Jack Kemp, the former football star, congressman, one-time vice-presidential nominee, and self-described "bleeding-heart conservative" died today of cancer at age 73. Kemp, a former quarterback for the Buffalo Bills, represented western New York for nine terms in Congress, leaving the House for an unsuccessful presidential bid in 1988. Eight years later, after serving a term as George H.W. Bush's housing secretary, he made it onto the national ticket as Bob Dole's running mate.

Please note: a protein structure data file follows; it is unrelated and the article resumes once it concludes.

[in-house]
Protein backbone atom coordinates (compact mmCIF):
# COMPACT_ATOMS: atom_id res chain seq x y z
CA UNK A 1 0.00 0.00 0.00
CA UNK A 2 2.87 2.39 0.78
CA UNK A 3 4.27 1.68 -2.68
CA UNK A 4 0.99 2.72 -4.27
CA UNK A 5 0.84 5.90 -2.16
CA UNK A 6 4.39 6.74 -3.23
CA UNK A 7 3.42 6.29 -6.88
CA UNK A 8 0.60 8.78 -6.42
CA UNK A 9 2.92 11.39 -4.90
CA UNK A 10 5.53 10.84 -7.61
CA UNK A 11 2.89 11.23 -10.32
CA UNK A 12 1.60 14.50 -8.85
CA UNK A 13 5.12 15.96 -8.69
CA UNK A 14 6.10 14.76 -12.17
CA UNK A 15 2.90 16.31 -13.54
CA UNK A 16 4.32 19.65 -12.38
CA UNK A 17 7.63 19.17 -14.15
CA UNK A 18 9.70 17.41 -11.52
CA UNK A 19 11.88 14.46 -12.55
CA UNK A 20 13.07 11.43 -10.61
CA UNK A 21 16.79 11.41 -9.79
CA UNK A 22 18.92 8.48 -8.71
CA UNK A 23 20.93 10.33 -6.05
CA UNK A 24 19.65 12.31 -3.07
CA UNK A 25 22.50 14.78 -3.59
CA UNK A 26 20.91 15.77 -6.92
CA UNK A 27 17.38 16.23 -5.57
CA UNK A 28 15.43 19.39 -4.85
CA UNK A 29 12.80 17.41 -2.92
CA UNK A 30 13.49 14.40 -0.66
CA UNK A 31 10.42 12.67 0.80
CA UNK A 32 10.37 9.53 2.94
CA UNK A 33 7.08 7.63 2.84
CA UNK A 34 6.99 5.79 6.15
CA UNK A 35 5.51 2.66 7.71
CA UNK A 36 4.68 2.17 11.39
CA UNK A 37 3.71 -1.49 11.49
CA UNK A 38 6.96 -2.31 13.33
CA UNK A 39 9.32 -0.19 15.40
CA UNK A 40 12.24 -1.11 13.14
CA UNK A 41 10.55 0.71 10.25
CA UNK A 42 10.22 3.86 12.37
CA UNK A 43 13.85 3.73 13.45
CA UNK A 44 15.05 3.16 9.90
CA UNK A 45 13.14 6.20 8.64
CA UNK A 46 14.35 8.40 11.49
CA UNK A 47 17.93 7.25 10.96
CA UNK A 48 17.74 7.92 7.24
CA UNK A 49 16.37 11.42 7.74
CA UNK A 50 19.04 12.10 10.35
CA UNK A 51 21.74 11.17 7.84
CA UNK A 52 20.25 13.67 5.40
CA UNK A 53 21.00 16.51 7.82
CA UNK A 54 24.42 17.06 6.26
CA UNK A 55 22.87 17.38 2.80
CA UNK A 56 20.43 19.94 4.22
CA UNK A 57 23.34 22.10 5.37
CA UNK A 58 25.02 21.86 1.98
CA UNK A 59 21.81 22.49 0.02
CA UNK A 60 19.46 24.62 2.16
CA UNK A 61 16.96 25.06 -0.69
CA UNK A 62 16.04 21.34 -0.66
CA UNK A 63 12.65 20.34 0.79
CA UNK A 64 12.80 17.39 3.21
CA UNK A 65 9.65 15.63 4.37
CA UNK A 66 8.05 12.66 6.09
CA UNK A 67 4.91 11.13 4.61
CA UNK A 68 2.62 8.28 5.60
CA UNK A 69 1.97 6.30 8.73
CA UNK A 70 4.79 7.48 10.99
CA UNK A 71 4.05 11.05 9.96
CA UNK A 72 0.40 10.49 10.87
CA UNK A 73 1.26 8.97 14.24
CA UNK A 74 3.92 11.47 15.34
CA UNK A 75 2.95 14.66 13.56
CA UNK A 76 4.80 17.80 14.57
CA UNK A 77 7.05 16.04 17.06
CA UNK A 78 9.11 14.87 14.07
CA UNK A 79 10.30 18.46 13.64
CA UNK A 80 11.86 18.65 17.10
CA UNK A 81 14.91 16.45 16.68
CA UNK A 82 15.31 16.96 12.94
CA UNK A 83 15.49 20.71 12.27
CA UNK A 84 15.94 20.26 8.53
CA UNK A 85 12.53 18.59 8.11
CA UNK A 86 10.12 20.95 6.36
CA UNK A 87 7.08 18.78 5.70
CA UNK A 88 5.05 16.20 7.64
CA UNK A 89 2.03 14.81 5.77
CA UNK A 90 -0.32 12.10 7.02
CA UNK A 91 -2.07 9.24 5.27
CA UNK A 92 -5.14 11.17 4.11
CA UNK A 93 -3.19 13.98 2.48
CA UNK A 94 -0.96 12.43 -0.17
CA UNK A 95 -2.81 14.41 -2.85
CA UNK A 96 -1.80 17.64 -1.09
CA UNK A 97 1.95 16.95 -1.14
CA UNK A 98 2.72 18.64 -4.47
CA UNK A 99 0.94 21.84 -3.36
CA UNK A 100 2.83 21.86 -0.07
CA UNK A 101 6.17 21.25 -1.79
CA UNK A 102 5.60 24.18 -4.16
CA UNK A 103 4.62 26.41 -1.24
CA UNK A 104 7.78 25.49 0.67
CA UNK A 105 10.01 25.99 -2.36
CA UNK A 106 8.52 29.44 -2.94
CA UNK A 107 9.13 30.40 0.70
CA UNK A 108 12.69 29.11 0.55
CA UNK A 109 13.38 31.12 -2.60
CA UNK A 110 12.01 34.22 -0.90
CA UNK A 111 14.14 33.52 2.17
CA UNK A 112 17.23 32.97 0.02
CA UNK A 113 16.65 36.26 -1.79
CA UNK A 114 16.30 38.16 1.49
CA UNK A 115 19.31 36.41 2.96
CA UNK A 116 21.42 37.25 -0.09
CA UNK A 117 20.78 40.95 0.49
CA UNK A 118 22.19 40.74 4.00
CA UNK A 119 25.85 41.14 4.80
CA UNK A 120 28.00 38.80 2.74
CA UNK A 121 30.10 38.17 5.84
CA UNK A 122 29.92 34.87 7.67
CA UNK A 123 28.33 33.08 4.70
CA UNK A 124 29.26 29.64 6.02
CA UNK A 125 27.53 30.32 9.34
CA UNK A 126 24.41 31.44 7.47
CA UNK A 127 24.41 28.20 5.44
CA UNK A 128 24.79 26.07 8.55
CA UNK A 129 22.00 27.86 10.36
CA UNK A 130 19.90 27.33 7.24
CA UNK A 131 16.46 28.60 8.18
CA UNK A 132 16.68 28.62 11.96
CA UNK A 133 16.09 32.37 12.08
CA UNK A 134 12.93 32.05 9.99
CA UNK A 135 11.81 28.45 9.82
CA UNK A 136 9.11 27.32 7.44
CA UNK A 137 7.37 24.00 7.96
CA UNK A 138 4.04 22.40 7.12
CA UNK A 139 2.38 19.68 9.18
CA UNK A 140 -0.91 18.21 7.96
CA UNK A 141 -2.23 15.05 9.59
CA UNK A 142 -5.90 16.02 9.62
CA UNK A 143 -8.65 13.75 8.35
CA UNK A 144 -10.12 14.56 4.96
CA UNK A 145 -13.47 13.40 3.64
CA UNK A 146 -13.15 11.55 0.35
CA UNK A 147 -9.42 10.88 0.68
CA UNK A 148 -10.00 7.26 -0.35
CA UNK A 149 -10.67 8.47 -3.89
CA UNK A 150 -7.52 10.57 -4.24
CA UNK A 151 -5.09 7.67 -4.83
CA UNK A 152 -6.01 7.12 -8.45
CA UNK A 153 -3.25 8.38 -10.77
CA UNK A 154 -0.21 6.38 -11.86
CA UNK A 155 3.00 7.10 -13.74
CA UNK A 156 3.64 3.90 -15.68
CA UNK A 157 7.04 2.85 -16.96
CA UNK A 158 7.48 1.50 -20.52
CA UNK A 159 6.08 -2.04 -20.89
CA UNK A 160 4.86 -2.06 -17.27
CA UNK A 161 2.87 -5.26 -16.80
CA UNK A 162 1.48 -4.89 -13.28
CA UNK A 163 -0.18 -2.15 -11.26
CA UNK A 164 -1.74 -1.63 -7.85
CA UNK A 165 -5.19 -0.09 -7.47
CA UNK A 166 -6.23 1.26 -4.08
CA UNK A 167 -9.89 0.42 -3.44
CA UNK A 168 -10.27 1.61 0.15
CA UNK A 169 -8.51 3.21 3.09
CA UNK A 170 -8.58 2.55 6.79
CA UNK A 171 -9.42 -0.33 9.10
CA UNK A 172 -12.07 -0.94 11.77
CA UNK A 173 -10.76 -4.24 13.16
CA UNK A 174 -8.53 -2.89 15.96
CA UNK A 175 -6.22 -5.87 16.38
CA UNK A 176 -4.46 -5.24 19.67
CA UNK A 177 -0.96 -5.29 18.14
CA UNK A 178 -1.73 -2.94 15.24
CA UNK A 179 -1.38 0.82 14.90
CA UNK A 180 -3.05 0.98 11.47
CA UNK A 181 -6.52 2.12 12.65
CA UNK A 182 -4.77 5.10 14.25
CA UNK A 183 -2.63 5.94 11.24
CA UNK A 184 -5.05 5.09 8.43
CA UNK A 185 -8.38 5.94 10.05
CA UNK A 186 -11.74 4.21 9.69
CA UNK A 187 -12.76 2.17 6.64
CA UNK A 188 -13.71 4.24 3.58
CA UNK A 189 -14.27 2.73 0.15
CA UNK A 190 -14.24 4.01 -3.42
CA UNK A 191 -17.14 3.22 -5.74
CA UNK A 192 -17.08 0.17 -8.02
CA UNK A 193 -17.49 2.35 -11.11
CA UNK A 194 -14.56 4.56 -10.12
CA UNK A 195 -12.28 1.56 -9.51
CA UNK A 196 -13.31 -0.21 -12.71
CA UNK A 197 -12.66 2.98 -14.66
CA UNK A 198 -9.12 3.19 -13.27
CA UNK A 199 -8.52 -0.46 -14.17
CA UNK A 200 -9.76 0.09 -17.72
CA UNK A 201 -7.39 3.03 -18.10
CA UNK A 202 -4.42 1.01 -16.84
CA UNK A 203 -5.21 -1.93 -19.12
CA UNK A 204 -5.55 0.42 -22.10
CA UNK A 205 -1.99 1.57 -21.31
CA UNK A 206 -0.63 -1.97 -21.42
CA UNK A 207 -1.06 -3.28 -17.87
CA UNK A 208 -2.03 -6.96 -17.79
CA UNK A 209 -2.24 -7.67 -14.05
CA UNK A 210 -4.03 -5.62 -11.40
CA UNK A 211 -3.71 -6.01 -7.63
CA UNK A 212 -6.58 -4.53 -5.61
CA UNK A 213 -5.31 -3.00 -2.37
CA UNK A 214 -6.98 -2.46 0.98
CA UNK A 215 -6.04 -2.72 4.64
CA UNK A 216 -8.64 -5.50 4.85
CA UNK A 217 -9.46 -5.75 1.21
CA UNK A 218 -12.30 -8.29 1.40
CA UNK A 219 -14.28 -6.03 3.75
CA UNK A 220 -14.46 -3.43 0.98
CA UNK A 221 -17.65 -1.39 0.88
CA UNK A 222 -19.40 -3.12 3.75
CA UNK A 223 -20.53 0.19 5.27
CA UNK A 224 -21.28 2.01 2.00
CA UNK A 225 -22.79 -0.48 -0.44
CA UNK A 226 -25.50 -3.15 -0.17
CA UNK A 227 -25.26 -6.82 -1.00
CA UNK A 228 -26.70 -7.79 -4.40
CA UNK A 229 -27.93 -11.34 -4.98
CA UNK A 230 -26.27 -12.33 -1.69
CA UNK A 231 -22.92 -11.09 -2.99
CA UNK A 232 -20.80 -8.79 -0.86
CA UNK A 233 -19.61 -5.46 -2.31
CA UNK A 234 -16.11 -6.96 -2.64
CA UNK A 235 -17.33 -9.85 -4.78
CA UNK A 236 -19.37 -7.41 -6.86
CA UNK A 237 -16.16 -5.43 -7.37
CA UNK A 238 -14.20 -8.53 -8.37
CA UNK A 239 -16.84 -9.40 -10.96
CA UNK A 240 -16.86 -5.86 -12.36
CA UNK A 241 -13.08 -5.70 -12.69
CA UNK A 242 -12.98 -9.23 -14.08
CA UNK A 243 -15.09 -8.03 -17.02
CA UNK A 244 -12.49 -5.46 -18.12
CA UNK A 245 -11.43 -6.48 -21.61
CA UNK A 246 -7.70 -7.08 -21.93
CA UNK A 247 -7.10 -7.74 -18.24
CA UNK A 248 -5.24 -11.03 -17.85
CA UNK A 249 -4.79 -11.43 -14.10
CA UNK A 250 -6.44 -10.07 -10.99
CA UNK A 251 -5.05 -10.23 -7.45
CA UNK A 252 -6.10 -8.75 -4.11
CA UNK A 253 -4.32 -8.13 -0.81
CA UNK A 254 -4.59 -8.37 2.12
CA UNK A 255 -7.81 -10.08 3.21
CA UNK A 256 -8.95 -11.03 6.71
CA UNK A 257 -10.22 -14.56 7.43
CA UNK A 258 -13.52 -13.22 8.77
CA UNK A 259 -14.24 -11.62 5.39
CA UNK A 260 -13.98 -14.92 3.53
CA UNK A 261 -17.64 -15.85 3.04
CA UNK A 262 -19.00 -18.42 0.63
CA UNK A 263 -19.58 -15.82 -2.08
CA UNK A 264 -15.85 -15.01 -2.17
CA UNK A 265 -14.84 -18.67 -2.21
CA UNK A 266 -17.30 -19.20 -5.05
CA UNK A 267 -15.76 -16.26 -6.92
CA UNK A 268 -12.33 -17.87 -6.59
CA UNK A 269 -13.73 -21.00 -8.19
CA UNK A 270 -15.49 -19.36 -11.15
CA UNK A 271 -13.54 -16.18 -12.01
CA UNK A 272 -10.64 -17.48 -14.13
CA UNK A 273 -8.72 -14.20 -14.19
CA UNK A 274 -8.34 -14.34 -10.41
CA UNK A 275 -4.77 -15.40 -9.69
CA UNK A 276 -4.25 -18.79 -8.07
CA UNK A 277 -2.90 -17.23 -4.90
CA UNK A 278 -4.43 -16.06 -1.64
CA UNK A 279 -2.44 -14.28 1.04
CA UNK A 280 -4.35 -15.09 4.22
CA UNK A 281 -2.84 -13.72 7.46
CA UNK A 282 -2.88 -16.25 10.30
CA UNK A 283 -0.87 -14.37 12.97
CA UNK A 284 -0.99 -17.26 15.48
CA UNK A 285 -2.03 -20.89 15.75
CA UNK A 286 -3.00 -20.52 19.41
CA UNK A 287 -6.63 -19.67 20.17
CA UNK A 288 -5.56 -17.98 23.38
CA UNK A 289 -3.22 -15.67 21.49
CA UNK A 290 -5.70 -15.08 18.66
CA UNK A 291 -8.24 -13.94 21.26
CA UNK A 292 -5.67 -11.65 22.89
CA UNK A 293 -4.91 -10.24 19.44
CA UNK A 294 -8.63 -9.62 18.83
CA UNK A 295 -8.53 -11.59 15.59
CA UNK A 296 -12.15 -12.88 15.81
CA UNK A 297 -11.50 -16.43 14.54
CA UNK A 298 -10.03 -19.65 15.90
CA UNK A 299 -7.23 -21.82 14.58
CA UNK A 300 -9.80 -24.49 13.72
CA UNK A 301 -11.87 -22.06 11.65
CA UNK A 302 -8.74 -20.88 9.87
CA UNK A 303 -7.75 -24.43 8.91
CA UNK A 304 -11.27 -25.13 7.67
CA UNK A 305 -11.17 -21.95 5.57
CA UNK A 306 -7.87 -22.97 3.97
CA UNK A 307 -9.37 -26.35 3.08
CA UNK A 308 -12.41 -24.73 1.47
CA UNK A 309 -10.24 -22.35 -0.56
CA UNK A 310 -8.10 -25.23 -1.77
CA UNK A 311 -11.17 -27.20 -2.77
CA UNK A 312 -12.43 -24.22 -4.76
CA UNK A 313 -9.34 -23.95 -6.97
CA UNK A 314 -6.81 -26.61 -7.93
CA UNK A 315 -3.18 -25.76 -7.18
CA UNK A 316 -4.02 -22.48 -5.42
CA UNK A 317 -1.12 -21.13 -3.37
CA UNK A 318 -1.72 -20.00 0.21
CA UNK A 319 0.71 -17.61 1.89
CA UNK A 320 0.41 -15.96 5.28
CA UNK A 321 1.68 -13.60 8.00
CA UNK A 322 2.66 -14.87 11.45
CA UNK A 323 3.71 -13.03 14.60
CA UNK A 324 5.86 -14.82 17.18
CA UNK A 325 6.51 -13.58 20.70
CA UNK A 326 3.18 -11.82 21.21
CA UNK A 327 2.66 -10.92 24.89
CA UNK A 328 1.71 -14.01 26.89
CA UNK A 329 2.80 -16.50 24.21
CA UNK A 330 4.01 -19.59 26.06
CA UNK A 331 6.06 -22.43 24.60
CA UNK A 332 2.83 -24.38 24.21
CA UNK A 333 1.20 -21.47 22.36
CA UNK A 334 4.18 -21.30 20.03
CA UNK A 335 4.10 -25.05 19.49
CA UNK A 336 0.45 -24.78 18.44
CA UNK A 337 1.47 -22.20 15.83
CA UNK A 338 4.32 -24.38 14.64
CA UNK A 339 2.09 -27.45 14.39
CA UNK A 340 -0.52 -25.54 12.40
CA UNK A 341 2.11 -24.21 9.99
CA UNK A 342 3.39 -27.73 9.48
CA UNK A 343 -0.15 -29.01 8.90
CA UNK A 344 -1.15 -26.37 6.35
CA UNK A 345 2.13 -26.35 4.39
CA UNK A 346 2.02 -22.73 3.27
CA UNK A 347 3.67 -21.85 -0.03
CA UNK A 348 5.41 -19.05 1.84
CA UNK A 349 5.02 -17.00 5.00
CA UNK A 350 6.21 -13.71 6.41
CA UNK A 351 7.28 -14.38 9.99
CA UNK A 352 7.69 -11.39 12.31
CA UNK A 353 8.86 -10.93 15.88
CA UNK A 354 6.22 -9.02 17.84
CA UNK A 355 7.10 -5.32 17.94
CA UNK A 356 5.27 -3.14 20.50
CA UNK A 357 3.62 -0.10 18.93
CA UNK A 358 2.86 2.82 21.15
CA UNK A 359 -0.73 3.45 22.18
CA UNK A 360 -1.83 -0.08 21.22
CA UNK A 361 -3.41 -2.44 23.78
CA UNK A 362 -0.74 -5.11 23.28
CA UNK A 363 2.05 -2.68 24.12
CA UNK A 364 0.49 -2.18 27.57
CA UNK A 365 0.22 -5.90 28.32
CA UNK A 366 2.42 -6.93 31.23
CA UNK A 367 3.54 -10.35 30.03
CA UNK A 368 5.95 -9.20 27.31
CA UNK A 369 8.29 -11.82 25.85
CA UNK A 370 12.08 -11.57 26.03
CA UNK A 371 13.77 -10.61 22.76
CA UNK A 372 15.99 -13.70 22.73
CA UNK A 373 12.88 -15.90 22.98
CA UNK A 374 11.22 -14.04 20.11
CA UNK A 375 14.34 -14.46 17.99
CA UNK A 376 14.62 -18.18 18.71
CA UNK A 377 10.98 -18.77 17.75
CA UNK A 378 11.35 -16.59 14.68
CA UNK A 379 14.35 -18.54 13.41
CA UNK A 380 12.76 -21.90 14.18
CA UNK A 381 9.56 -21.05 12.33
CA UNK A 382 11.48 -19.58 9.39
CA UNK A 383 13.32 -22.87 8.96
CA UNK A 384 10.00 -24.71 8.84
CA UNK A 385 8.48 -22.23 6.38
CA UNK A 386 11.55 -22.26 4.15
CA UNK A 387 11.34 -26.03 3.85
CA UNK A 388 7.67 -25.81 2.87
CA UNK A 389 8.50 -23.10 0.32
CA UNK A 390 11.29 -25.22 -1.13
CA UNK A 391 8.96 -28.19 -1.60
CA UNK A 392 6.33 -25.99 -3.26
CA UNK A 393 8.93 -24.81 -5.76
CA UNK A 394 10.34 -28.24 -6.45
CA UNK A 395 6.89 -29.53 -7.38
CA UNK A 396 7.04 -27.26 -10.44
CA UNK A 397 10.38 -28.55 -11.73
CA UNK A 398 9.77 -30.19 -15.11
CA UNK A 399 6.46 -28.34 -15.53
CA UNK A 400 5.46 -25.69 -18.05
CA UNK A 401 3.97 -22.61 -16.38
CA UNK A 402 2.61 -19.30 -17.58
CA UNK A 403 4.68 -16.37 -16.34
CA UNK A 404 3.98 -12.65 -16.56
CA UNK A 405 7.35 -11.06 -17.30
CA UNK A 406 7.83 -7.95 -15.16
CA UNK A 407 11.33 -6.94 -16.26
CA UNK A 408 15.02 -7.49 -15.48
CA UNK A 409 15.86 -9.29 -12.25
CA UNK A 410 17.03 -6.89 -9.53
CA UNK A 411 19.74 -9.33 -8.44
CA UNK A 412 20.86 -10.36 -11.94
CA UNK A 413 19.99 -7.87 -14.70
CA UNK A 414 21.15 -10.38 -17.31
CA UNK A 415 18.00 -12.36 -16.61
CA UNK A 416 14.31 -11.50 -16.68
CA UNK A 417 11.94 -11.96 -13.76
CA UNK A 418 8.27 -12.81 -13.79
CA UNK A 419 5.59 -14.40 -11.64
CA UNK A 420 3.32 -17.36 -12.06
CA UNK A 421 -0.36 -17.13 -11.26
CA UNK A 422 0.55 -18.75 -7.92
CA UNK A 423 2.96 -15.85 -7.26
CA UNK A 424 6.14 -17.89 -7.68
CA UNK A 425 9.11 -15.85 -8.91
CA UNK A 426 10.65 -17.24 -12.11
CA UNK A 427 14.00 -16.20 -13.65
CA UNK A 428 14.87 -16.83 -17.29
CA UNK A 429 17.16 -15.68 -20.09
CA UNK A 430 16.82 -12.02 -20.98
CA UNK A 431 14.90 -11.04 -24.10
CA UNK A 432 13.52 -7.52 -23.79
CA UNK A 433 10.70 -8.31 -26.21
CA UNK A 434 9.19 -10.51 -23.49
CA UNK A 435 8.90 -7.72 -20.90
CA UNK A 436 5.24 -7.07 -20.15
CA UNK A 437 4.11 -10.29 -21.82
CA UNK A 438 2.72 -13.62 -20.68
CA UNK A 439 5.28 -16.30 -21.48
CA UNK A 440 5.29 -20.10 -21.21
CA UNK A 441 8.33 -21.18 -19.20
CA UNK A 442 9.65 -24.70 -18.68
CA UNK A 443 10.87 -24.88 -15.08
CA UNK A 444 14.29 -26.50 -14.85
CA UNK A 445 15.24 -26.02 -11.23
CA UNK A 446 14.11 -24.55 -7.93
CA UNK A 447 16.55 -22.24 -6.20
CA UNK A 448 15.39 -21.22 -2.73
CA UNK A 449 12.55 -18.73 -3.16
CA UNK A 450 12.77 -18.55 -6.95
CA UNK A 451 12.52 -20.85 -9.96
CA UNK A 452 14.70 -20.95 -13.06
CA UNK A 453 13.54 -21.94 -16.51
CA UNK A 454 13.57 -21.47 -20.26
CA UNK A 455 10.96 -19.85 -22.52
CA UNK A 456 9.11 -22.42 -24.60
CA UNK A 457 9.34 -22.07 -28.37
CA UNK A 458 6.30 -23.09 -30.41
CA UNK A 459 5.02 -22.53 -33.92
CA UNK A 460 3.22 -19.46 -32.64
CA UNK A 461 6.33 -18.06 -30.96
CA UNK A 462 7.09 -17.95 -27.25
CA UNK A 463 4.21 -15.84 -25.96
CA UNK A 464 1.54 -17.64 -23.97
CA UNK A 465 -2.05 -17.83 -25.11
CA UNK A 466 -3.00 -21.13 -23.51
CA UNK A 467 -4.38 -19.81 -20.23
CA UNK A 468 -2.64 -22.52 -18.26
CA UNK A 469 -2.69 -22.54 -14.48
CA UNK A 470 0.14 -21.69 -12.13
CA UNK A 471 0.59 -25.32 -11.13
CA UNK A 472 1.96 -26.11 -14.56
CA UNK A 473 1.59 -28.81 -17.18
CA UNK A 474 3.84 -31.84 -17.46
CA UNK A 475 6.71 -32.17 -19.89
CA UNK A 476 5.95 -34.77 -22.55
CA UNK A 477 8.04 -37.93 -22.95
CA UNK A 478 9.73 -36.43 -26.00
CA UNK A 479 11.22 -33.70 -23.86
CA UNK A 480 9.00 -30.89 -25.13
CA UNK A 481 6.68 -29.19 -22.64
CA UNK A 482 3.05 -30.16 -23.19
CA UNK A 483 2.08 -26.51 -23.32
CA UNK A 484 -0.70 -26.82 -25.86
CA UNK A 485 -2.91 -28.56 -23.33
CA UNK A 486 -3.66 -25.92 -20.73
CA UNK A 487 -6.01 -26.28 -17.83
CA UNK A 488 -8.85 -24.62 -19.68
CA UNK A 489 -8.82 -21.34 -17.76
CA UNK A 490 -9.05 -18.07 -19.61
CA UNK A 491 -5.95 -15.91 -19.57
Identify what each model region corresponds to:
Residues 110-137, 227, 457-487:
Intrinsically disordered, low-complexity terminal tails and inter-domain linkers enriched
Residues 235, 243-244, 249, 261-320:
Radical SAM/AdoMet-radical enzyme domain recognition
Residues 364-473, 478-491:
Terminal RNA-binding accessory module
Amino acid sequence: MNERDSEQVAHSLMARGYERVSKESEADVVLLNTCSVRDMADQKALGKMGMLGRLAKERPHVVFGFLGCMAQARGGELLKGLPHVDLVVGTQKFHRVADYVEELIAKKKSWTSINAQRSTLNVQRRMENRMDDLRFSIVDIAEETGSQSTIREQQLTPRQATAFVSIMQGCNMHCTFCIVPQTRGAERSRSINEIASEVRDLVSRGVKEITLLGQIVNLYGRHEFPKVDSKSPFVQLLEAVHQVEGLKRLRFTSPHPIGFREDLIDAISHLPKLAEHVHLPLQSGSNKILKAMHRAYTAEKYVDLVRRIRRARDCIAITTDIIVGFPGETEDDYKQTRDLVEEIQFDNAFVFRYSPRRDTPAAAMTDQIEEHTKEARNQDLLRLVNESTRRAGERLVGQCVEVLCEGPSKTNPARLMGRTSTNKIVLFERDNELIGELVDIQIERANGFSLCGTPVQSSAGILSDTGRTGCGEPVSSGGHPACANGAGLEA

With that loss, the Republican bowed out of political office, but not out of politics. In speaking engagements and a syndicated column, he continued to advocate for the tax-reform and supply-side policies—the idea that the more taxes are cut, the more the economy will grow—that he pioneered. Mitch McConnell called Kemp "one of the nation's most distinguished public servants."